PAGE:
In addition to not being able to purchase the entire Parallels software for this option, you will also not receive any updates from Parallels with new features and fixes. This means that if there is an update for Windows and you choose to move over to Windows 10, then you will be stuck without anything new or updated. There are several versions of Windows that you will be able to access with Parallels, though, including Windows 7, 8, and 10.
Bootcamp software is more likely to receive updates from Apple because it is part of the Mac operating system. There are no versions of Windows that you can run on Bootcamp, but you will receive any new features and fixes to the software in the form of updates.
Parallels supports Windows 7, 8.1, and 10 and Server 2008R2, 2012R2, 2016, and 2019. It also works with Linux and Chromebooks (even the newest version of Chrome OS). Boot Camp does not share this ability, which may be a reason why so many people go with Parallels.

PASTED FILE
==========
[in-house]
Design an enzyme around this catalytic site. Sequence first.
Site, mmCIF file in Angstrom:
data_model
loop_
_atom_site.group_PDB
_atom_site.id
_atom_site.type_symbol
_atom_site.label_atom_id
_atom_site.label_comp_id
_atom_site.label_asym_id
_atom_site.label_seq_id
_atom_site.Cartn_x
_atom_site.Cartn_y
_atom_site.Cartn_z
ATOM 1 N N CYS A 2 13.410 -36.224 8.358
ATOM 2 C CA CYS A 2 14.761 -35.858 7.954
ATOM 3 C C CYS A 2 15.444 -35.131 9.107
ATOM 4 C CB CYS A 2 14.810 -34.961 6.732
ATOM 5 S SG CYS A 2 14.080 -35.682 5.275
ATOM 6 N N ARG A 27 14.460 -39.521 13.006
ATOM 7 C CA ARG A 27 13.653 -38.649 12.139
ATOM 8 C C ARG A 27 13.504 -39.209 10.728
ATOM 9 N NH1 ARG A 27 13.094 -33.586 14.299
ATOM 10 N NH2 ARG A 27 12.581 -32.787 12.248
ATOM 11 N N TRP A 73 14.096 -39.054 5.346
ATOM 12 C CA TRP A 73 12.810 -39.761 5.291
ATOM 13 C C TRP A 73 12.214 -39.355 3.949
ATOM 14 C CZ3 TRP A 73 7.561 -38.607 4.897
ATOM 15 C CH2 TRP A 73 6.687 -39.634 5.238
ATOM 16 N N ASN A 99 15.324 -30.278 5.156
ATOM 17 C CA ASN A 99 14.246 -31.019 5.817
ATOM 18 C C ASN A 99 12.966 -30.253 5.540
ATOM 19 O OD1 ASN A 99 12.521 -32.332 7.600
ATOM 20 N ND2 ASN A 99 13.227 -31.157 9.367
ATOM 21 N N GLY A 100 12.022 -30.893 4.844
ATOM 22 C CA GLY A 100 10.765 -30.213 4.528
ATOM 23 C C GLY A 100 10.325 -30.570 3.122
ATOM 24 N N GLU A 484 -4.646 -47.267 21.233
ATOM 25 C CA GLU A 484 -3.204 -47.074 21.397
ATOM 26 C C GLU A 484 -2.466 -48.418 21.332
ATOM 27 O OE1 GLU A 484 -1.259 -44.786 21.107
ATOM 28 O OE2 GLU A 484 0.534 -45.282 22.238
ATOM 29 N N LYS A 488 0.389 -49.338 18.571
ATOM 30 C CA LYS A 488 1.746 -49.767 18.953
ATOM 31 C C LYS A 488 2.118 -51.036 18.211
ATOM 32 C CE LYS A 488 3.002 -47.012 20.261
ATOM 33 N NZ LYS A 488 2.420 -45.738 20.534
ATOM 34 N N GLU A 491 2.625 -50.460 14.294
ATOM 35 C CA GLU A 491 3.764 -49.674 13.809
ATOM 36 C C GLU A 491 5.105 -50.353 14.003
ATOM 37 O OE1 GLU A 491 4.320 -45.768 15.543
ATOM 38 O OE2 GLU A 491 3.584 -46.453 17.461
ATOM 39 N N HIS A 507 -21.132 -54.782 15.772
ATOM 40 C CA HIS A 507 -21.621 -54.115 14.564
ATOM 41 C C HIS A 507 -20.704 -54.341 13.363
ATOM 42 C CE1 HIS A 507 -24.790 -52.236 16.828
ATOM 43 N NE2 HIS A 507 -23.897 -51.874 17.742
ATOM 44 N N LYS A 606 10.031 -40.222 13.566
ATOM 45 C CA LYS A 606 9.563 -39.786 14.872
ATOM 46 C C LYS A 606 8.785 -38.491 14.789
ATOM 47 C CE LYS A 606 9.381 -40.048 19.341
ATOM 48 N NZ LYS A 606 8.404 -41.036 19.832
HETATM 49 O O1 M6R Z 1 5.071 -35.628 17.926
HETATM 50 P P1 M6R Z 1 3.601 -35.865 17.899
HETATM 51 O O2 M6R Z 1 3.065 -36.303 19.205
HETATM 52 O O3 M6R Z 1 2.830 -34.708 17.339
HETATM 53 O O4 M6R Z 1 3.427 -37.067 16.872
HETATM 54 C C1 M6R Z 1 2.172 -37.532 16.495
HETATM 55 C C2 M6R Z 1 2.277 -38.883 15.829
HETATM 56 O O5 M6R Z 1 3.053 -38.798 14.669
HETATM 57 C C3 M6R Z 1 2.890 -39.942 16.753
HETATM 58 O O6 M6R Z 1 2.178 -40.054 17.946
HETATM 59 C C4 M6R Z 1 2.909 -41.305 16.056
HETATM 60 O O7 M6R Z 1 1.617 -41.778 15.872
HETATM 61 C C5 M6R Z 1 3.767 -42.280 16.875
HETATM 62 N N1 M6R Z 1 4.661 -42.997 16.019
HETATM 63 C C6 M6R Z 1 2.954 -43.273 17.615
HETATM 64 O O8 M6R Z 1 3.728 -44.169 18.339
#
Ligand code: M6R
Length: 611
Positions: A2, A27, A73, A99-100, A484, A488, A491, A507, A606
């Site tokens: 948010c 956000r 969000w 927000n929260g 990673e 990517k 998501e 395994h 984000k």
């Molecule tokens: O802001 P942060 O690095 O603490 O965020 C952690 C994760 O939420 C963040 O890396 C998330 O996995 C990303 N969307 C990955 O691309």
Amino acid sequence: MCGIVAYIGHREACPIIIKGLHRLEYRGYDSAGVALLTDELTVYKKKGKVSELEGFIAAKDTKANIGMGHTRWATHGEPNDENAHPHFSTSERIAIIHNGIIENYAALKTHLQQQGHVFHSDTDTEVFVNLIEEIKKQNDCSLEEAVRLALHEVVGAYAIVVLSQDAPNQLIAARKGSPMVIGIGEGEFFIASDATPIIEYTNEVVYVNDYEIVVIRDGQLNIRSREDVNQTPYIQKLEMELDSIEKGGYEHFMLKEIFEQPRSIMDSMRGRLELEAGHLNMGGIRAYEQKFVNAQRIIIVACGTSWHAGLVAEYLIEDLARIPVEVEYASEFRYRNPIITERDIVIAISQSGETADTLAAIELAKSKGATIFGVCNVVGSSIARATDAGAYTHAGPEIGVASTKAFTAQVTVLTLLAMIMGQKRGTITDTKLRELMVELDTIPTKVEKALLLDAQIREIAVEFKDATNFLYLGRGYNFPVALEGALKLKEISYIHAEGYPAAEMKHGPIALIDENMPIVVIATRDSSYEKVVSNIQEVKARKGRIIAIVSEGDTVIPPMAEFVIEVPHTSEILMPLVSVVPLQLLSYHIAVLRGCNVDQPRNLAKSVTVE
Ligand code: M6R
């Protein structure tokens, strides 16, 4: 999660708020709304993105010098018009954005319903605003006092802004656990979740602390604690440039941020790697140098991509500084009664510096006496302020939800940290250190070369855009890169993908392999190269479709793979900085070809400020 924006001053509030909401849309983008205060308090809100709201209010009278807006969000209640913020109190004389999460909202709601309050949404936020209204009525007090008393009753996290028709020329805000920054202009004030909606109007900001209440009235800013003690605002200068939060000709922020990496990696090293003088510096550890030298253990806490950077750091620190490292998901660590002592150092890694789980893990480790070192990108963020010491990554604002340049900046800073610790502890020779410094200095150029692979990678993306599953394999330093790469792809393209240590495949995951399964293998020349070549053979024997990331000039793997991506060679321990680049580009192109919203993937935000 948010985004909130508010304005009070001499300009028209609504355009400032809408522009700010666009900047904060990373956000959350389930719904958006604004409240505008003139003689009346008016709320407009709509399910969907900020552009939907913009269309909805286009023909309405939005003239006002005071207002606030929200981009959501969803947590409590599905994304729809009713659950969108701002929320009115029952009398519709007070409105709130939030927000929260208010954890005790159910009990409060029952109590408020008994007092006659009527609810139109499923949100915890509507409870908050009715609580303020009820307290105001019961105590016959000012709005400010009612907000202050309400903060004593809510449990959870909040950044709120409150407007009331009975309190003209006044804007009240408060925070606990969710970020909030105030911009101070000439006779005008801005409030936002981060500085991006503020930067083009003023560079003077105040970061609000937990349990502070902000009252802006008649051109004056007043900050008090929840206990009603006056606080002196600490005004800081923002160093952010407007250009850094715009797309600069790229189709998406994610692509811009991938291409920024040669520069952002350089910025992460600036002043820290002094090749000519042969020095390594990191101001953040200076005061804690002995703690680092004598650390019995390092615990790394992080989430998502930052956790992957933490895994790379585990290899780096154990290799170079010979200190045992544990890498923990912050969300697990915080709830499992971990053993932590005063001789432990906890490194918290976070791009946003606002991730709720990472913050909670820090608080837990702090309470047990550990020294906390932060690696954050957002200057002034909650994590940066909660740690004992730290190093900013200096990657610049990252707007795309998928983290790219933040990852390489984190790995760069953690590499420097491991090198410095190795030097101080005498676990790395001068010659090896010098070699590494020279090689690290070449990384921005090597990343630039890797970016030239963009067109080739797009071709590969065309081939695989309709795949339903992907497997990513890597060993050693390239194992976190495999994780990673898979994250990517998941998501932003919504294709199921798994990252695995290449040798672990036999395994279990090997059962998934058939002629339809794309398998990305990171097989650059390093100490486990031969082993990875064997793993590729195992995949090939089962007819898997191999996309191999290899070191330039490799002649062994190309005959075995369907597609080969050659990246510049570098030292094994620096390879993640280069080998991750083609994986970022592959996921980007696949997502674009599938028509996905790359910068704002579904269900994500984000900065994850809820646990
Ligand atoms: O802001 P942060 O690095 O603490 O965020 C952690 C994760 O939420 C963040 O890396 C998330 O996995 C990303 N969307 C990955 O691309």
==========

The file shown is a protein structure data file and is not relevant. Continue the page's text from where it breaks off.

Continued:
Bootcamp is also not able to run all versions of Windows because it is built into OS X. There is no support for older versions of Windows, or even Linux. However, if you need to run these operating systems, Boot Camp software is one of the best options to consider.
Most Parallels users are Mac owners. They have MacBooks to run Windows because they may want to access certain applications or games that are not available on Mac. Parallels will work with any Mac device as long as you have the requirements for the program. You will also need to have a minimum of 4GB of RAM and 20GB of hard drive space.